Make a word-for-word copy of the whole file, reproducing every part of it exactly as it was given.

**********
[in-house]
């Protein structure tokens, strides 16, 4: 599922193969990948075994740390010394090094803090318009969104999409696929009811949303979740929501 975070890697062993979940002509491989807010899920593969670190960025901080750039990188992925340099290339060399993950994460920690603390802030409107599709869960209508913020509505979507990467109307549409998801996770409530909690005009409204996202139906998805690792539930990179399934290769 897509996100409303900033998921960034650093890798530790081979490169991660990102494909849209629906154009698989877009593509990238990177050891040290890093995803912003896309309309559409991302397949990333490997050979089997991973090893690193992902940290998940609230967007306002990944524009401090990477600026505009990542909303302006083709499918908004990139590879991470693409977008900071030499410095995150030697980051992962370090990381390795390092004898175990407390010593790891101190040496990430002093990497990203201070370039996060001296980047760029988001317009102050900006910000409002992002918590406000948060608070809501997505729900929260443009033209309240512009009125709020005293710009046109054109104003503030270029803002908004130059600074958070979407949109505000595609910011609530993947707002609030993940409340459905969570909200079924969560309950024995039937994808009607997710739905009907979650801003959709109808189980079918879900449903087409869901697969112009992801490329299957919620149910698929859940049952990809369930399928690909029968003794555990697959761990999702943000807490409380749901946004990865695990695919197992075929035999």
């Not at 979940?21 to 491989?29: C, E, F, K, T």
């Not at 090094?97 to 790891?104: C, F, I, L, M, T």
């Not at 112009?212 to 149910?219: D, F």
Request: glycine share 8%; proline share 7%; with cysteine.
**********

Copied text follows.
[in-house]
């Protein structure tokens, strides 16, 4: 599922193969990948075994740390010394090094803090318009969104999409696929009811949303979740929501 975070890697062993979940002509491989807010899920593969670190960025901080750039990188992925340099290339060399993950994460920690603390802030409107599709869960209508913020509505979507990467109307549409998801996770409530909690005009409204996202139906998805690792539930990179399934290769 897509996100409303900033998921960034650093890798530790081979490169991660990102494909849209629906154009698989877009593509990238990177050891040290890093995803912003896309309309559409991302397949990333490997050979089997991973090893690193992902940290998940609230967007306002990944524009401090990477600026505009990542909303302006083709499918908004990139590879991470693409977008900071030499410095995150030697980051992962370090990381390795390092004898175990407390010593790891101190040496990430002093990497990203201070370039996060001296980047760029988001317009102050900006910000409002992002918590406000948060608070809501997505729900929260443009033209309240512009009125709020005293710009046109054109104003503030270029803002908004130059600074958070979407949109505000595609910011609530993947707002609030993940409340459905969570909200079924969560309950024995039937994808009607997710739905009907979650801003959709109808189980079918879900449903087409869901697969112009992801490329299957919620149910698929859940049952990809369930399928690909029968003794555990697959761990999702943000807490409380749901946004990865695990695919197992075929035999």
């Not at 979940?21 to 491989?29: C, E, F, K, T």
């Not at 090094?97 to 790891?104: C, F, I, L, M, T």
């Not at 112009?212 to 149910?219: D, F």
Request: glycine share 8%; proline share 7%; with cysteine.